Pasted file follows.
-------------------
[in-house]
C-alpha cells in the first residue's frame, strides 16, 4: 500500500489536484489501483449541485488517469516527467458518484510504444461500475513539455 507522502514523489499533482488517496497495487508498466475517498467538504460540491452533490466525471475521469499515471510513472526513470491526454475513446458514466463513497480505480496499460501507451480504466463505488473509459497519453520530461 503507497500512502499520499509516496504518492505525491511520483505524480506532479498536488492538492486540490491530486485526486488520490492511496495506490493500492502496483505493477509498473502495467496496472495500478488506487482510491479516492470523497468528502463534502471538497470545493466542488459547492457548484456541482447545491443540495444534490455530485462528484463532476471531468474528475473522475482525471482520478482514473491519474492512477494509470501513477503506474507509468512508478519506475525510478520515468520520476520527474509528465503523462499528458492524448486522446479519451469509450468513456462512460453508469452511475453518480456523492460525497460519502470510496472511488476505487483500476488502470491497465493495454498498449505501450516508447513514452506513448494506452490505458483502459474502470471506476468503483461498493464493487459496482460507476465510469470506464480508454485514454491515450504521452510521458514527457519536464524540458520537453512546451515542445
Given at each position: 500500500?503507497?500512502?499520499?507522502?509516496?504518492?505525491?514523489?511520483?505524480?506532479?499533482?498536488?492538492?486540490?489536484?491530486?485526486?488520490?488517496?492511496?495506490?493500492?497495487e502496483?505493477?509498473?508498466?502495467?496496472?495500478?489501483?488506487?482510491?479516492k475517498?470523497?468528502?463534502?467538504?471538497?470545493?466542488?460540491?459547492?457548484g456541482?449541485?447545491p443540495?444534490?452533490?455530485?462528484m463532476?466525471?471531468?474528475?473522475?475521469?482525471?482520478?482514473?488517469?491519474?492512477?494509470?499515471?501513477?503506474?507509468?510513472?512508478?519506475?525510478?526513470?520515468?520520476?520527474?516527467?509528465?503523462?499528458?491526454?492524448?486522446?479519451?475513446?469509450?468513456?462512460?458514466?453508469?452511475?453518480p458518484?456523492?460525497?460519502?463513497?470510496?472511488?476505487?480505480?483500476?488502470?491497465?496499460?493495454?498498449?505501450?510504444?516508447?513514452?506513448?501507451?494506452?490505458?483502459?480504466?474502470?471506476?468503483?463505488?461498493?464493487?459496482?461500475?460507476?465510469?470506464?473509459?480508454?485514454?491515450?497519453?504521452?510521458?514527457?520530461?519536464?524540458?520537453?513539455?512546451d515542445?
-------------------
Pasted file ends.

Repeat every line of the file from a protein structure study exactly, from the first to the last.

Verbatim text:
[in-house]
C-alpha cells in the first residue's frame, strides 16, 4: 500500500489536484489501483449541485488517469516527467458518484510504444461500475513539455 507522502514523489499533482488517496497495487508498466475517498467538504460540491452533490466525471475521469499515471510513472526513470491526454475513446458514466463513497480505480496499460501507451480504466463505488473509459497519453520530461 503507497500512502499520499509516496504518492505525491511520483505524480506532479498536488492538492486540490491530486485526486488520490492511496495506490493500492502496483505493477509498473502495467496496472495500478488506487482510491479516492470523497468528502463534502471538497470545493466542488459547492457548484456541482447545491443540495444534490455530485462528484463532476471531468474528475473522475482525471482520478482514473491519474492512477494509470501513477503506474507509468512508478519506475525510478520515468520520476520527474509528465503523462499528458492524448486522446479519451469509450468513456462512460453508469452511475453518480456523492460525497460519502470510496472511488476505487483500476488502470491497465493495454498498449505501450516508447513514452506513448494506452490505458483502459474502470471506476468503483461498493464493487459496482460507476465510469470506464480508454485514454491515450504521452510521458514527457519536464524540458520537453512546451515542445
Given at each position: 500500500?503507497?500512502?499520499?507522502?509516496?504518492?505525491?514523489?511520483?505524480?506532479?499533482?498536488?492538492?486540490?489536484?491530486?485526486?488520490?488517496?492511496?495506490?493500492?497495487e502496483?505493477?509498473?508498466?502495467?496496472?495500478?489501483?488506487?482510491?479516492k475517498?470523497?468528502?463534502?467538504?471538497?470545493?466542488?460540491?459547492?457548484g456541482?449541485?447545491p443540495?444534490?452533490?455530485?462528484m463532476?466525471?471531468?474528475?473522475?475521469?482525471?482520478?482514473?488517469?491519474?492512477?494509470?499515471?501513477?503506474?507509468?510513472?512508478?519506475?525510478?526513470?520515468?520520476?520527474?516527467?509528465?503523462?499528458?491526454?492524448?486522446?479519451?475513446?469509450?468513456?462512460?458514466?453508469?452511475?453518480p458518484?456523492?460525497?460519502?463513497?470510496?472511488?476505487?480505480?483500476?488502470?491497465?496499460?493495454?498498449?505501450?510504444?516508447?513514452?506513448?501507451?494506452?490505458?483502459?480504466?474502470?471506476?468503483?463505488?461498493?464493487?459496482?461500475?460507476?465510469?470506464?473509459?480508454?485514454?491515450?497519453?504521452?510521458?514527457?520530461?519536464?524540458?520537453?513539455?512546451d515542445?